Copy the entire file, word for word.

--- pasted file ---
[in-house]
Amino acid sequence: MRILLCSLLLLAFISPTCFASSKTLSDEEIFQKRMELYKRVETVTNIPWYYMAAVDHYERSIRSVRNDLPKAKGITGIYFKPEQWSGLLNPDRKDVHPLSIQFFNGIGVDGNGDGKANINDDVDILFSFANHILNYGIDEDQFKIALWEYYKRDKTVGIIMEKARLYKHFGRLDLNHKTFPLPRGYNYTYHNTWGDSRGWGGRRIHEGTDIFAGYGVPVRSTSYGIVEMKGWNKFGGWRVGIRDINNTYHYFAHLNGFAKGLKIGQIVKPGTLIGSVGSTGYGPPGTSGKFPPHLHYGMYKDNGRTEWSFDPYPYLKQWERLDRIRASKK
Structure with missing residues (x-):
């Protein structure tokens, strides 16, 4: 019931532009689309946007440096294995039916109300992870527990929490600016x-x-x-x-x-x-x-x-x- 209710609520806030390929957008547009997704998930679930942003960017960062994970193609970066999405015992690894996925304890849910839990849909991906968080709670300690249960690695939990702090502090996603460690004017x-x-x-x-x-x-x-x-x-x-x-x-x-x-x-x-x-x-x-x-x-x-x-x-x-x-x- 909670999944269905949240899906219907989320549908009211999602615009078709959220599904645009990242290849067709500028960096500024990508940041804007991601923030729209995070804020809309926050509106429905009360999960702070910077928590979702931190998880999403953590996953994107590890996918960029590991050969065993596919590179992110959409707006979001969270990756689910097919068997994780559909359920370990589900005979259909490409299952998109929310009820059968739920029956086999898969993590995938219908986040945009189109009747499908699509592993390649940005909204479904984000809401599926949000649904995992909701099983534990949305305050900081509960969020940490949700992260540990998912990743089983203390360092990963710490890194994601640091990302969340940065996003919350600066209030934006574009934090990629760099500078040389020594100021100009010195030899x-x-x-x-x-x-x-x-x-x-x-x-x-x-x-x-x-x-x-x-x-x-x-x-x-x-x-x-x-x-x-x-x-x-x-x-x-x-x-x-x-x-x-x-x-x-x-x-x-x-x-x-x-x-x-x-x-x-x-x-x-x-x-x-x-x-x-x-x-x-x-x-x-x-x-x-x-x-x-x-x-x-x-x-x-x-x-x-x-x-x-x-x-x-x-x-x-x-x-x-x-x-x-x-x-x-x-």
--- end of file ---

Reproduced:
[in-house]
Amino acid sequence: MRILLCSLLLLAFISPTCFASSKTLSDEEIFQKRMELYKRVETVTNIPWYYMAAVDHYERSIRSVRNDLPKAKGITGIYFKPEQWSGLLNPDRKDVHPLSIQFFNGIGVDGNGDGKANINDDVDILFSFANHILNYGIDEDQFKIALWEYYKRDKTVGIIMEKARLYKHFGRLDLNHKTFPLPRGYNYTYHNTWGDSRGWGGRRIHEGTDIFAGYGVPVRSTSYGIVEMKGWNKFGGWRVGIRDINNTYHYFAHLNGFAKGLKIGQIVKPGTLIGSVGSTGYGPPGTSGKFPPHLHYGMYKDNGRTEWSFDPYPYLKQWERLDRIRASKK
Structure with missing residues (x-):
């Protein structure tokens, strides 16, 4: 019931532009689309946007440096294995039916109300992870527990929490600016x-x-x-x-x-x-x-x-x- 209710609520806030390929957008547009997704998930679930942003960017960062994970193609970066999405015992690894996925304890849910839990849909991906968080709670300690249960690695939990702090502090996603460690004017x-x-x-x-x-x-x-x-x-x-x-x-x-x-x-x-x-x-x-x-x-x-x-x-x-x-x- 909670999944269905949240899906219907989320549908009211999602615009078709959220599904645009990242290849067709500028960096500024990508940041804007991601923030729209995070804020809309926050509106429905009360999960702070910077928590979702931190998880999403953590996953994107590890996918960029590991050969065993596919590179992110959409707006979001969270990756689910097919068997994780559909359920370990589900005979259909490409299952998109929310009820059968739920029956086999898969993590995938219908986040945009189109009747499908699509592993390649940005909204479904984000809401599926949000649904995992909701099983534990949305305050900081509960969020940490949700992260540990998912990743089983203390360092990963710490890194994601640091990302969340940065996003919350600066209030934006574009934090990629760099500078040389020594100021100009010195030899x-x-x-x-x-x-x-x-x-x-x-x-x-x-x-x-x-x-x-x-x-x-x-x-x-x-x-x-x-x-x-x-x-x-x-x-x-x-x-x-x-x-x-x-x-x-x-x-x-x-x-x-x-x-x-x-x-x-x-x-x-x-x-x-x-x-x-x-x-x-x-x-x-x-x-x-x-x-x-x-x-x-x-x-x-x-x-x-x-x-x-x-x-x-x-x-x-x-x-x-x-x-x-x-x-x-x-």